Page 45 Review by Stephen
What didnt I tell her?
What parts of the story did I leave out?
I wanted to tell her everything. I wanted to tell her the truth.
And I tried
I really did.
The book of nightmares continues. The first instalment, XED OUT, freaked me out, playing fears that feature frequently in my dreams: food you really shouldnt eat, holes that shouldnt be there, getting hopelessly and helplessly lost only to be misled further by strangers. I dont know what happened to the missing stairs, filthy latrines and my teeth falling out on the floor. Maybe theyll be in book three.
Still, theres more of that here in Dougs head where he delivers romance comics on a metal trolley to bedridden female patients, pushing the cart down endless, roughly hewn tunnels in a semi-industrial warren prone to unseen accidents that render certain off-limit areas toxic. Apparently there was screaming in the late hours last night. It came from Cindys cubicle, and it went on for hours
until it stopped.
Meanwhile in his waking world, Doug is recalling his courtship with raven-haired Sarah: a stroll in windswept, autumn-leafed park where they picked up sixties romance comics from an old man at the flea market. Sarah was delighted at the find. Doug bought her the lot, and it bought him a kiss.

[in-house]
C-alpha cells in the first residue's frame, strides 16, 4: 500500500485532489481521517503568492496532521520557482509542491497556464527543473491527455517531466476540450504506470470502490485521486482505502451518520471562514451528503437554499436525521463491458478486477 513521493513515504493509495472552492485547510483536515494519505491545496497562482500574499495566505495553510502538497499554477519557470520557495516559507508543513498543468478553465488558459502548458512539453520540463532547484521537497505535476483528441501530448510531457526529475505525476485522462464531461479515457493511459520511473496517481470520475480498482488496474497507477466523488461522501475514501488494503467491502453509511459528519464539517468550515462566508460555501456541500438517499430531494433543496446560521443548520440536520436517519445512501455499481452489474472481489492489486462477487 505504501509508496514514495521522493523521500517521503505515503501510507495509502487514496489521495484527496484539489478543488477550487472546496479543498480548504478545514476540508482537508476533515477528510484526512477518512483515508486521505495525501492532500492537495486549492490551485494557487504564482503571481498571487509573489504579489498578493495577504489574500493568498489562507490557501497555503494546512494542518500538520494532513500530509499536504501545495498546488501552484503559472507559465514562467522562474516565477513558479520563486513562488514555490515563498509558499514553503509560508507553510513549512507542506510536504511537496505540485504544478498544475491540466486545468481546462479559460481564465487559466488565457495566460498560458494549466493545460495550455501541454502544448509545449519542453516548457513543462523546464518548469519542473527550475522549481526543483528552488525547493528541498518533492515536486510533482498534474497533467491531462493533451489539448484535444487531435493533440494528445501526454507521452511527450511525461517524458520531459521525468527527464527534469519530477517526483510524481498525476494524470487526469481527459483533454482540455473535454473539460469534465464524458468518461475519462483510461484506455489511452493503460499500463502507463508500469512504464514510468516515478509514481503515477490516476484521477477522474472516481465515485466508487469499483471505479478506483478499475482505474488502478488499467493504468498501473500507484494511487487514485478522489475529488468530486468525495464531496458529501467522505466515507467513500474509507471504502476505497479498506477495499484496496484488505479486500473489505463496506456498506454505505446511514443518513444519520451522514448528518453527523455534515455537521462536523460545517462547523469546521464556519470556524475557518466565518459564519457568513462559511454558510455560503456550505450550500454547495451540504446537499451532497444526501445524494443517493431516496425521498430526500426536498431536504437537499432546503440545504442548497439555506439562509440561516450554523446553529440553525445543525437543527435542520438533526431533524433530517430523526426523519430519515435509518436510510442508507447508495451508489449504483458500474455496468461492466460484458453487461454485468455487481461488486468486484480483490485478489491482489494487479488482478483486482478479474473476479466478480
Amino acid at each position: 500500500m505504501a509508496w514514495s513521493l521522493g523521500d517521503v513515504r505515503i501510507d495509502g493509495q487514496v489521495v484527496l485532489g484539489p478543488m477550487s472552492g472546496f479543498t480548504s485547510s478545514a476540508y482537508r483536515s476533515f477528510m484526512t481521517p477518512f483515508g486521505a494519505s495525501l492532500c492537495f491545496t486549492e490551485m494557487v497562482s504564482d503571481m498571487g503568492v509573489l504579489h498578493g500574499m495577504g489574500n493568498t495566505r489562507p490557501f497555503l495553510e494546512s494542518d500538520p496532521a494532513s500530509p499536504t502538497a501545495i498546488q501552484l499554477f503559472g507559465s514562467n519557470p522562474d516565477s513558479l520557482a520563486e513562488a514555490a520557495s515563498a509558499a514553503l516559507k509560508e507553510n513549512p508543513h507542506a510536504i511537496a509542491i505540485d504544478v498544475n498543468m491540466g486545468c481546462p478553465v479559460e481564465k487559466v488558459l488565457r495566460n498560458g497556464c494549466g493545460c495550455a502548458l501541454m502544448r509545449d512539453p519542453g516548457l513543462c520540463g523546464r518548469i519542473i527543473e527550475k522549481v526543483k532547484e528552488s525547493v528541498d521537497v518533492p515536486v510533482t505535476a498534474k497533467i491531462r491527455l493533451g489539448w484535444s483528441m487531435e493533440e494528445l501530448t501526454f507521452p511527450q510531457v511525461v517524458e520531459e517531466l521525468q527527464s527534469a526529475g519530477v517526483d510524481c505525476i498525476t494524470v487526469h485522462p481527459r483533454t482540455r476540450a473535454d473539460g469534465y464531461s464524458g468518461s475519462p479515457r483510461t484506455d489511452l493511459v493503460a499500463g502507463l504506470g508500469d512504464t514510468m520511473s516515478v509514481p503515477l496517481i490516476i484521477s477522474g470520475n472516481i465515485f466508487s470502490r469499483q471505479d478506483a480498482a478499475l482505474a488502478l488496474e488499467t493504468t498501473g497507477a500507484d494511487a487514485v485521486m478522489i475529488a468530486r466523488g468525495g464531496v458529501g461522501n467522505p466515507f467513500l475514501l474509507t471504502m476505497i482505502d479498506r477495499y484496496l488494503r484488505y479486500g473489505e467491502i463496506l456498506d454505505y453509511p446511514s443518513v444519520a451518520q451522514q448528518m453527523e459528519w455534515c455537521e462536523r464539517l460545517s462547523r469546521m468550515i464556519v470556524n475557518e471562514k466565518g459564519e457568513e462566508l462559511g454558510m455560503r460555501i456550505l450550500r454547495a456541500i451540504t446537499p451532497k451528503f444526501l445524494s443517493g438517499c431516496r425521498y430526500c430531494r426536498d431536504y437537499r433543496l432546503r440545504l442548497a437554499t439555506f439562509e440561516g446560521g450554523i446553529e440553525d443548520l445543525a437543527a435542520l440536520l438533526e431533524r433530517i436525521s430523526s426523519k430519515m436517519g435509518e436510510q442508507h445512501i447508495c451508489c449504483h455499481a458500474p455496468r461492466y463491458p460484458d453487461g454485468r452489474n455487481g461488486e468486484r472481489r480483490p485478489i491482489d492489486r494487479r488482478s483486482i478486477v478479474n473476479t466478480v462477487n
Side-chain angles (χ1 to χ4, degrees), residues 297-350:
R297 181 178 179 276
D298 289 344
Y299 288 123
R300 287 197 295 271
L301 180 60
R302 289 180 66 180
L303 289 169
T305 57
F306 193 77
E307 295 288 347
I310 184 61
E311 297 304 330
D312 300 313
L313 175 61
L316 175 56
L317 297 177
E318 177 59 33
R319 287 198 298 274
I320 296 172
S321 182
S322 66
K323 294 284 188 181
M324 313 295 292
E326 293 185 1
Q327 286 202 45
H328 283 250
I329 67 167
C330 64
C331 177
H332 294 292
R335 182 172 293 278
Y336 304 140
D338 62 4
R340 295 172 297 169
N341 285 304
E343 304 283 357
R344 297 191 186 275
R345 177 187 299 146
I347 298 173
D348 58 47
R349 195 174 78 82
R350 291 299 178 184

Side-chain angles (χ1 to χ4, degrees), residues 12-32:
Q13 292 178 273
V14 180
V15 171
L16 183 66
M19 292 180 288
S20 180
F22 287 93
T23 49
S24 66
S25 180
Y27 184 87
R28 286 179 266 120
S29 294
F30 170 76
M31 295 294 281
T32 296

You know what? That was really sweet of you. I know you think these are stupid, but
but wait.. heres where you stop and kiss me
just like they do in the comics.
My kiss was awkward and clumsy, recalls Doug. But she made up for it
She made it perfect.
The evening too seemed perfect, a simple dinner together back at Sarah and Nickys. Nicky was out, at band practice. But Sarah
Sarah is a little more fragile than she looks.
Theres more about the buzzer and the threatening voice behind it, as well as Dougs stage performances behind a Tintin mask. More of Dougs Dad too. Oh yes, and those photographs.
But its the romance comics that particularly fascinated me this time: the search for missing issues, and speculation on what must have happened in the gap. For those of us reading comics before the birth of the collected edition thats got to ring bells, as well as dreams in which you finally fill your gaps at a second-hand stall gaps that in real life might never have existed. The comics are in Japanese so its even more difficult to fathom what happened, and theyre drawn unmistakably by John Romita Sr. Burns nails both the composition and the mans brush strokes. The hair is quite perfect.
For those vaguely mystified for this somewhat allusive and, yes, elusive review, please see X-ED OUT. Or indeed Burns most famous, self-contained work, BLACK HOLE: he really is the very best at body horror.